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P FOR PROTESTING OR PESTERING?

Updated: Jan 19

By

  1. Sejal Gupta, I Year of B.Com.,LL.B, from Institute of Law, Nirma University

  2. Ashmita Biswas, I Year of B.Com.,LL.B, from Institute of Law, Nirma University

Over 40000 farmers and daily wagers

Committed suicide as per NCRB 2019.

Hate crime is rising rapidly,

In this land of delightful diversity.

There is too much money

Going to the untruth to prepare

Colorful shrouds for truth.

Love is a crime now.

I agree, there is too much democracy.

BACKGROUND

Recently the agricultural sector has been in the news repeatedly because of the amendments made in Farm Bill. While the government claims that these amendments are beneficial to farmers, the farmers are hell-bent on making reforms.


The farmer has, therefore, taken to the streets ignoring the pandemic situation, expressing their disapproval for the bill via a protest.


The farmers have pinpointed three problematic changes upon which they have based their fight. The first one is 'State governments imposing fee/cess on the private mandis.' The farmers say that this would push both the government-run markets and intermediaries along with the Agriculture Produce Market Committees (APMC) towards a conclusion, hence, laying the ball in the courts of big traders and giant companies. Giving these companies higher bargaining power (as they are, the only buyers left). They are thus able to buy farm goods at minor prices. This makes the farming sector inefficient and lays a hard blow on the revenue earned by the farmers.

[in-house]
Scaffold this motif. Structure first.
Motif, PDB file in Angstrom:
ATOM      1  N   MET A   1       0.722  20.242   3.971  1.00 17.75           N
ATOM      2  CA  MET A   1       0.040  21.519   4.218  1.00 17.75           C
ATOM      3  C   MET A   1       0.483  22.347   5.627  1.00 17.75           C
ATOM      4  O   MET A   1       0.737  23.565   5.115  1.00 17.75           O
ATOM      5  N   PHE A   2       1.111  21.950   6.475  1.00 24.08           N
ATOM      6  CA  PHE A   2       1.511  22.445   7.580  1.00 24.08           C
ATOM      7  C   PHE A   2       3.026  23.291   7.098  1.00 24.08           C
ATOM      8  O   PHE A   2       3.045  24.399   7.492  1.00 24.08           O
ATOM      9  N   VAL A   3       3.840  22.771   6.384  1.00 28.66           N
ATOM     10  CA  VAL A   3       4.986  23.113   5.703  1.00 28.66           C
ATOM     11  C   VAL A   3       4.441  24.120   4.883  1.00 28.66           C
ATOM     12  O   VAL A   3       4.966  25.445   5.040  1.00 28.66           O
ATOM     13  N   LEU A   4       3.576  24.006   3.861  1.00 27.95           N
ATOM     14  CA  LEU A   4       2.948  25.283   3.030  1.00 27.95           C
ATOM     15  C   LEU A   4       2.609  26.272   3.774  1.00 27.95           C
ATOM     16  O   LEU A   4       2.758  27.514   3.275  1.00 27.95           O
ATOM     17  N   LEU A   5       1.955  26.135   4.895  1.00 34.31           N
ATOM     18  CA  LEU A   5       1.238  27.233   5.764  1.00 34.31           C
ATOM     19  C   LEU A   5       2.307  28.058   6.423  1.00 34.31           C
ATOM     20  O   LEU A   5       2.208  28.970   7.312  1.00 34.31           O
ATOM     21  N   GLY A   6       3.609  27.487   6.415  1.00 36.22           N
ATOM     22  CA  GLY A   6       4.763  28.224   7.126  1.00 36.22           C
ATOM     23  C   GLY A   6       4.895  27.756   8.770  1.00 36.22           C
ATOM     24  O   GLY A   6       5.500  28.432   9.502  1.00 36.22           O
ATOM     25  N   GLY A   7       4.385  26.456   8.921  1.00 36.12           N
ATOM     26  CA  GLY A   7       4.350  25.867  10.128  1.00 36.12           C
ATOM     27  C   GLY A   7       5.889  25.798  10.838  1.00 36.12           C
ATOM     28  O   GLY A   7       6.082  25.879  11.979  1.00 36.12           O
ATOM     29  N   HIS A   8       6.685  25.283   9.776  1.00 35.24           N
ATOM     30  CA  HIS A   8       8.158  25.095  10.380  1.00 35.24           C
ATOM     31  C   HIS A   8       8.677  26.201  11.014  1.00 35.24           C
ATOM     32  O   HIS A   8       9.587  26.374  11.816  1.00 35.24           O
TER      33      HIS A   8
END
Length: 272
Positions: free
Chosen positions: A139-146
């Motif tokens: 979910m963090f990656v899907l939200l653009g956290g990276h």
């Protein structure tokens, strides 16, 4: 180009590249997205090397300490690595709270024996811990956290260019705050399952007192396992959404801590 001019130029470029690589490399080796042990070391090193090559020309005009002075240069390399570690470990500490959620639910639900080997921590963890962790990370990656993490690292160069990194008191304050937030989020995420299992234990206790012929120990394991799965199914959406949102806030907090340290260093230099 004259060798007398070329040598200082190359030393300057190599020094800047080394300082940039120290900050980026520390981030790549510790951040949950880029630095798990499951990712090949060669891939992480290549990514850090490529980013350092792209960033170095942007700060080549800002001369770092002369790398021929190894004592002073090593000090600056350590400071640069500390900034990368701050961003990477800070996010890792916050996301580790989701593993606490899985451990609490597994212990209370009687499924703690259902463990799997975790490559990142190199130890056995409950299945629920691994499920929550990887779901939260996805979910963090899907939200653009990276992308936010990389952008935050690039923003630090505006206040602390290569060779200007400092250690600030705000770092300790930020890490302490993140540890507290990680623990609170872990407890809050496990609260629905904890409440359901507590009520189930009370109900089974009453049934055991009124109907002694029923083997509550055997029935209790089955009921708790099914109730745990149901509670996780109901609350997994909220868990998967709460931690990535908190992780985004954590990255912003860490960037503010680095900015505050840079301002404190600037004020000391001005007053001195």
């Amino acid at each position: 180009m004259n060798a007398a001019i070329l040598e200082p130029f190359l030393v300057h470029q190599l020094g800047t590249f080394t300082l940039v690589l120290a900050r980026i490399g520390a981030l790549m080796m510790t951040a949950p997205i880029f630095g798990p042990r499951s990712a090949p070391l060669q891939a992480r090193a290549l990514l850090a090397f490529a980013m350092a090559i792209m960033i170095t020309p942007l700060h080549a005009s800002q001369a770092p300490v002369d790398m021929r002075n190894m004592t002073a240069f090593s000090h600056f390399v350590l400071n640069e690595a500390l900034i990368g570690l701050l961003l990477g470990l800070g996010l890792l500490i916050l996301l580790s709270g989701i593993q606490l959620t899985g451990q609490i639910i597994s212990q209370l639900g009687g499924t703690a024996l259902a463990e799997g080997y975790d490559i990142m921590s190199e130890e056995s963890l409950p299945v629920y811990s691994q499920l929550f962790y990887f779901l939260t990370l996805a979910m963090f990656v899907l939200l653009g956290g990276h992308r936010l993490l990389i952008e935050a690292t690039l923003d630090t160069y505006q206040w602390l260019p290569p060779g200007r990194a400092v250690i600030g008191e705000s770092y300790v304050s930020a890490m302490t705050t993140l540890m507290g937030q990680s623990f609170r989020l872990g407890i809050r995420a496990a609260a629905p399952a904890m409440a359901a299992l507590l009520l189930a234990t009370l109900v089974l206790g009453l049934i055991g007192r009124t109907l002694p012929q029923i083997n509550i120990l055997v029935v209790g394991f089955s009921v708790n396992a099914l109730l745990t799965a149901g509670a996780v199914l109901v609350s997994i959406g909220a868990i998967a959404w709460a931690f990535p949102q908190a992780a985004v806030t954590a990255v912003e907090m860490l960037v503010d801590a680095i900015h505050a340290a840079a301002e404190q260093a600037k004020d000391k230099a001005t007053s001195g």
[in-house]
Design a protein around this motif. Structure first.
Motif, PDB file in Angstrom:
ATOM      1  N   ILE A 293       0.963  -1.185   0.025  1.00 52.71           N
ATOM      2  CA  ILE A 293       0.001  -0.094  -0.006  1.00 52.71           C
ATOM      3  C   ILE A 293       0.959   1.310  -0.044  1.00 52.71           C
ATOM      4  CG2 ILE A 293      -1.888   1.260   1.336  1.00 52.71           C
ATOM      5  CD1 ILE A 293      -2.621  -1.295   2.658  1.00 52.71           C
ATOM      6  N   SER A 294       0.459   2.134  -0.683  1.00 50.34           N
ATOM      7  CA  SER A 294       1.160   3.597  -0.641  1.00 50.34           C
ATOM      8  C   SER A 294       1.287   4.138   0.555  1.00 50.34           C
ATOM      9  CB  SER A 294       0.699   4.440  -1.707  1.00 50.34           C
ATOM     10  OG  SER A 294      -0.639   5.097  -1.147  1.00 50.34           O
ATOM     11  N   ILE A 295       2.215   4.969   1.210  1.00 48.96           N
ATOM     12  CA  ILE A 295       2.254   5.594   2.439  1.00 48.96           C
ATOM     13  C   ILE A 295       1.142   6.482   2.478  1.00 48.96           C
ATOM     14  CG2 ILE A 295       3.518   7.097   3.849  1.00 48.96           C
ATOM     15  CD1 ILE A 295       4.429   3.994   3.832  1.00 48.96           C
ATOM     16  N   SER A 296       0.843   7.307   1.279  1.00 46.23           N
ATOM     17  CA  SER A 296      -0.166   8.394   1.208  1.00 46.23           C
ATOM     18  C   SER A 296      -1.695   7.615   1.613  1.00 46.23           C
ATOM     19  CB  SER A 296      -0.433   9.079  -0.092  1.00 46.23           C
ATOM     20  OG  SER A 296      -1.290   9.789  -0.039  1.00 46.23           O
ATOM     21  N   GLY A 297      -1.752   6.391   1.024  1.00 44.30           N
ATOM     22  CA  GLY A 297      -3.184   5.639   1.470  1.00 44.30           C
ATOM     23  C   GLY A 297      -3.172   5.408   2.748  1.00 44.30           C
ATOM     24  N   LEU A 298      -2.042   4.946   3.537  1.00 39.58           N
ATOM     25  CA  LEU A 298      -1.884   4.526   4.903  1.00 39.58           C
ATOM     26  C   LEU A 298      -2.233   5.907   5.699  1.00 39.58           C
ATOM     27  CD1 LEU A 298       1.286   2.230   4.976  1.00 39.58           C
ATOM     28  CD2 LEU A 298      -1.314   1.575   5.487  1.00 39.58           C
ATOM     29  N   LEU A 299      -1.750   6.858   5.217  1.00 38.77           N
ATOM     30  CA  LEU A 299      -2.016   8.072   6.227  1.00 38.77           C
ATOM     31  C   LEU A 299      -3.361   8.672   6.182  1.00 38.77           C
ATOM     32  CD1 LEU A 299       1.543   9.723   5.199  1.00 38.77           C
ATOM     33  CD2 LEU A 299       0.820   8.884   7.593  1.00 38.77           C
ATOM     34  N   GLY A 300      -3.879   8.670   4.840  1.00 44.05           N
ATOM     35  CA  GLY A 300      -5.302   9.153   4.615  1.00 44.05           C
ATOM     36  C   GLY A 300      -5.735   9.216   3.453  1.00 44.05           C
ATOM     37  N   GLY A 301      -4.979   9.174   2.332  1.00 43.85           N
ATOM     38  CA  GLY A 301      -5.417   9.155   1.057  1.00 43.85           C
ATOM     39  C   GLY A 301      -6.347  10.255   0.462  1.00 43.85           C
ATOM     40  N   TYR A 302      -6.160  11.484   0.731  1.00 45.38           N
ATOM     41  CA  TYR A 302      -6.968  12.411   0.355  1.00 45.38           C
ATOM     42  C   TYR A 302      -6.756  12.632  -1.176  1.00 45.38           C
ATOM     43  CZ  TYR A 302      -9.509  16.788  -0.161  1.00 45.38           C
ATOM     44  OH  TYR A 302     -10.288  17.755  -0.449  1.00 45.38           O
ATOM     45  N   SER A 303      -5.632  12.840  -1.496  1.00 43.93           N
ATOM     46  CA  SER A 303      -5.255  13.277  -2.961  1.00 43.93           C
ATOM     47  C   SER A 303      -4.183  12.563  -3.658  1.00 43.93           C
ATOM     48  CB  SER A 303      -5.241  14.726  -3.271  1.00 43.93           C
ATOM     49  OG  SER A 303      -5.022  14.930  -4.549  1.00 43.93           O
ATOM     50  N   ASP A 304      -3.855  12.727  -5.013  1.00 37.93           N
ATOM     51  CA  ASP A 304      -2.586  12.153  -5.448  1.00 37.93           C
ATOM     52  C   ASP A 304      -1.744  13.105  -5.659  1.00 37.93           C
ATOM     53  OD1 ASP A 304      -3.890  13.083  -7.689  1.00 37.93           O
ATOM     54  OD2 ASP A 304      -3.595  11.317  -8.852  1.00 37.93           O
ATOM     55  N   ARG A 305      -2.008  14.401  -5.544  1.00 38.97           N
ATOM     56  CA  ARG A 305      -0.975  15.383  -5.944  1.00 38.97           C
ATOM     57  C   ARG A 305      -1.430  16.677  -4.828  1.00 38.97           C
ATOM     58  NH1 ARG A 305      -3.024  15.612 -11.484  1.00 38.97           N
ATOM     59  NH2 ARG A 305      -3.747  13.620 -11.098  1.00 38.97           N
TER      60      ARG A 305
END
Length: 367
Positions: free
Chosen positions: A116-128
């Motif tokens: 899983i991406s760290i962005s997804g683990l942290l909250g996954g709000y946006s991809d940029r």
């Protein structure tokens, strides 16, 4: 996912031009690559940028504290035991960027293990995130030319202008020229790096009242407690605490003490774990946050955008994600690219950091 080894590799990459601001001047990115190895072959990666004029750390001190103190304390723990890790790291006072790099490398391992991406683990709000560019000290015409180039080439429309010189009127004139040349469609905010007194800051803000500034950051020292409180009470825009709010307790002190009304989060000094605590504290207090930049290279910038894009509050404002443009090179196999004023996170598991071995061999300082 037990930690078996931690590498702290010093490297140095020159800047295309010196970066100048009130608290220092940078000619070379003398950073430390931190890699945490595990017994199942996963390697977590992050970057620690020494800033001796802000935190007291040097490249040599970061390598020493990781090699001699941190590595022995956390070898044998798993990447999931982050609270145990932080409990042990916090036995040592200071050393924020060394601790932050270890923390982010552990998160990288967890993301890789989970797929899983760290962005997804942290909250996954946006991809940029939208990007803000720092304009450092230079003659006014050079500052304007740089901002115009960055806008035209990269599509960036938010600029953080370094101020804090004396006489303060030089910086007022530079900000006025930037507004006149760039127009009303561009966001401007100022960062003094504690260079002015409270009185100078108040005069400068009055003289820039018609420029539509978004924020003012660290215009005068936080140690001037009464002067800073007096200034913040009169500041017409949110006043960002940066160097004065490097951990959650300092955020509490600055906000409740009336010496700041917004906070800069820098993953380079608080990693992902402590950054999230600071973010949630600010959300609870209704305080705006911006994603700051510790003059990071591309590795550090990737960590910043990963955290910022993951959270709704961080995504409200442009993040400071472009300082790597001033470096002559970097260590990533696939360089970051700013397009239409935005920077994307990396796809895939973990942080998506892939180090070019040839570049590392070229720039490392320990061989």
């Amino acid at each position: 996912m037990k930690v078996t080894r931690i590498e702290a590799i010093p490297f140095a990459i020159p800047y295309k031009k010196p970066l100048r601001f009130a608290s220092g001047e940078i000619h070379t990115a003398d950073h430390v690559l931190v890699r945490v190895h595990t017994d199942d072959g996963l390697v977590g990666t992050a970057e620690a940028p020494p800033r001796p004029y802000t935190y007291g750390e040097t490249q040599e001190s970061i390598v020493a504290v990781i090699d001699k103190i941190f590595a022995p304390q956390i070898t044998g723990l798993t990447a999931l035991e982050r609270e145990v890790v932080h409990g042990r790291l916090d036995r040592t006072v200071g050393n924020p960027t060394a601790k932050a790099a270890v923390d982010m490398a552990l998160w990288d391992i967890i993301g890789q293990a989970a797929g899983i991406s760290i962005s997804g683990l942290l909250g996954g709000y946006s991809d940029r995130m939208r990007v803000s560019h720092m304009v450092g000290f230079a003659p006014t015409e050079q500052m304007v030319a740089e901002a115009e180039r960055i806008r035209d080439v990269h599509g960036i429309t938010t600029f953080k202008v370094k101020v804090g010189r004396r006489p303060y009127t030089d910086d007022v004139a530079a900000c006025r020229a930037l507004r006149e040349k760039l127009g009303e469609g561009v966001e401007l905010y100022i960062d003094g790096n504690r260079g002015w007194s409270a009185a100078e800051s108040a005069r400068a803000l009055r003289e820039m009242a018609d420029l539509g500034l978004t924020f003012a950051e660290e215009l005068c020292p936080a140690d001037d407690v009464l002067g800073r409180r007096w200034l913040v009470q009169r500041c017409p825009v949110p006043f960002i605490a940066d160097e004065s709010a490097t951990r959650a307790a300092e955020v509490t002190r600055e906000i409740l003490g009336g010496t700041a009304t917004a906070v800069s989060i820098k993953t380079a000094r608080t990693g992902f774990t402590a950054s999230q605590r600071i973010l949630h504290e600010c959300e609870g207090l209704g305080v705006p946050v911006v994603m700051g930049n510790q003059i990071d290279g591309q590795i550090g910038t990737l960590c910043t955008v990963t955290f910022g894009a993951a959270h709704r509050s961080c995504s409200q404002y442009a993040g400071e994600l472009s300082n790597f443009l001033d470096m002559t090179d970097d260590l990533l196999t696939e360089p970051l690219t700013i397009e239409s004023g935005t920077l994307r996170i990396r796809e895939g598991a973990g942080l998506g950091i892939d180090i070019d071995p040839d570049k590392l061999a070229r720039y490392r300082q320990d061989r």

The government retaliates the above by saying that they will always keep their hands extended towards farmers. They conform to this through a written assurance. The second problem thus describes 'Written assurance from the government for the continuation of the existing MSP system'. The government's written assurance is not a legally binding document. The farmers, therefore, demand documents that will help them procure a guarantee.


Lastly, 'State governments can register traders to regulate them'. The absence of criteria based on which a person could enter or exit the farm sector stimulates an increase in competition for farmers. This again increases the buyer's bargaining power, decreasing the revenue earned by farmers. This is threatening to farmers, especially the ones that earn their livelihood through farming.


HISTORY OF AGRICULTURE IN INDIA

Agriculture in India began in early 9000 BC. The primary sector of any economy lies as the base upon which the economy is built. Agriculture being a large part of the primary sector, it is safe to say that both the secondary and tertiary sectors are dependent on it. Hence, the prosperity of the agricultural sector is essential for the prosperity of India.


During the time of colonialism, the British made symbolic changes in the agricultural field. Changes were made in two ways: the introduction of a new land revenue system and commercializing agriculture. Both changes had negatively affected the farm sector and had frequently led it towards famines. Clearly, the British were not interested in India's development.